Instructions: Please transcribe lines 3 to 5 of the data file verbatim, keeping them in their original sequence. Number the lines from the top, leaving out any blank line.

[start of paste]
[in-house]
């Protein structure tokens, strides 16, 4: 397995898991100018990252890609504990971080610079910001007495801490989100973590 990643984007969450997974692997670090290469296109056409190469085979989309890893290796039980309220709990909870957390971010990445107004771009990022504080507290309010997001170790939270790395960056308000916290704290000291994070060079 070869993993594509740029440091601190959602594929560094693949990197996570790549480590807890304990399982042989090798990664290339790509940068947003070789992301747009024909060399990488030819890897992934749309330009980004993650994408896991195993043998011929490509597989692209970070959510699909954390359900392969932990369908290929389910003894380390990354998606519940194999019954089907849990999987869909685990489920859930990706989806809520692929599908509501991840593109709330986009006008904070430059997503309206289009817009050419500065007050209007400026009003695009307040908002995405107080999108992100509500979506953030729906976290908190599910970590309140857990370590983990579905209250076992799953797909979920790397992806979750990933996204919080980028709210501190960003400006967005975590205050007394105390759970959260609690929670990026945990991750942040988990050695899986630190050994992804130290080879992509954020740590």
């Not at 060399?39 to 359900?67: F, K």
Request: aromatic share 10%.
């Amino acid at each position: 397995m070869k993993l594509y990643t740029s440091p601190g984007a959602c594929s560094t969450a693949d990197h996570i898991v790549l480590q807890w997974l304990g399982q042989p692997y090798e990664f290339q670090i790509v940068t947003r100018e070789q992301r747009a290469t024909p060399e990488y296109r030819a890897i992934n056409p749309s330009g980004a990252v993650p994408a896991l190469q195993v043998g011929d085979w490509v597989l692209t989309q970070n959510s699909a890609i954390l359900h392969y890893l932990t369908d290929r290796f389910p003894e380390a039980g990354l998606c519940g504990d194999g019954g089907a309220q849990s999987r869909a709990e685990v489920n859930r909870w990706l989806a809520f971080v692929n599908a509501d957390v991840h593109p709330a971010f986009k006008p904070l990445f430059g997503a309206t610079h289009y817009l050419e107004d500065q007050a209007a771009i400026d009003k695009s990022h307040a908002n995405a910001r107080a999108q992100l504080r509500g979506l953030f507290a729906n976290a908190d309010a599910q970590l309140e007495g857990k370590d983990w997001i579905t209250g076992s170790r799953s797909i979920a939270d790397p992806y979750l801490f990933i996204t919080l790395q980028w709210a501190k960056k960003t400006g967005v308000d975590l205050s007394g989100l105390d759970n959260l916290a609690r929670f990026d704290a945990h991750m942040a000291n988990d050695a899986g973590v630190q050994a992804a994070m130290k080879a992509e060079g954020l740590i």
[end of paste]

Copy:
């Not at 060399?39 to 359900?67: F, K």
Request: aromatic share 10%.
């Amino acid at each position: 397995m070869k993993l594509y990643t740029s440091p601190g984007a959602c594929s560094t969450a693949d990197h996570i898991v790549l480590q807890w997974l304990g399982q042989p692997y090798e990664f290339q670090i790509v940068t947003r100018e070789q992301r747009a290469t024909p060399e990488y296109r030819a890897i992934n056409p749309s330009g980004a990252v993650p994408a896991l190469q195993v043998g011929d085979w490509v597989l692209t989309q970070n959510s699909a890609i954390l359900h392969y890893l932990t369908d290929r290796f389910p003894e380390a039980g990354l998606c519940g504990d194999g019954g089907a309220q849990s999987r869909a709990e685990v489920n859930r909870w990706l989806a809520f971080v692929n599908a509501d957390v991840h593109p709330a971010f986009k006008p904070l990445f430059g997503a309206t610079h289009y817009l050419e107004d500065q007050a209007a771009i400026d009003k695009s990022h307040a908002n995405a910001r107080a999108q992100l504080r509500g979506l953030f507290a729906n976290a908190d309010a599910q970590l309140e007495g857990k370590d983990w997001i579905t209250g076992s170790r799953s797909i979920a939270d790397p992806y979750l801490f990933i996204t919080l790395q980028w709210a501190k960056k960003t400006g967005v308000d975590l205050s007394g989100l105390d759970n959260l916290a609690r929670f990026d704290a945990h991750m942040a000291n988990d050695a899986g973590v630190q050994a992804a994070m130290k080879a992509e060079g954020l740590i």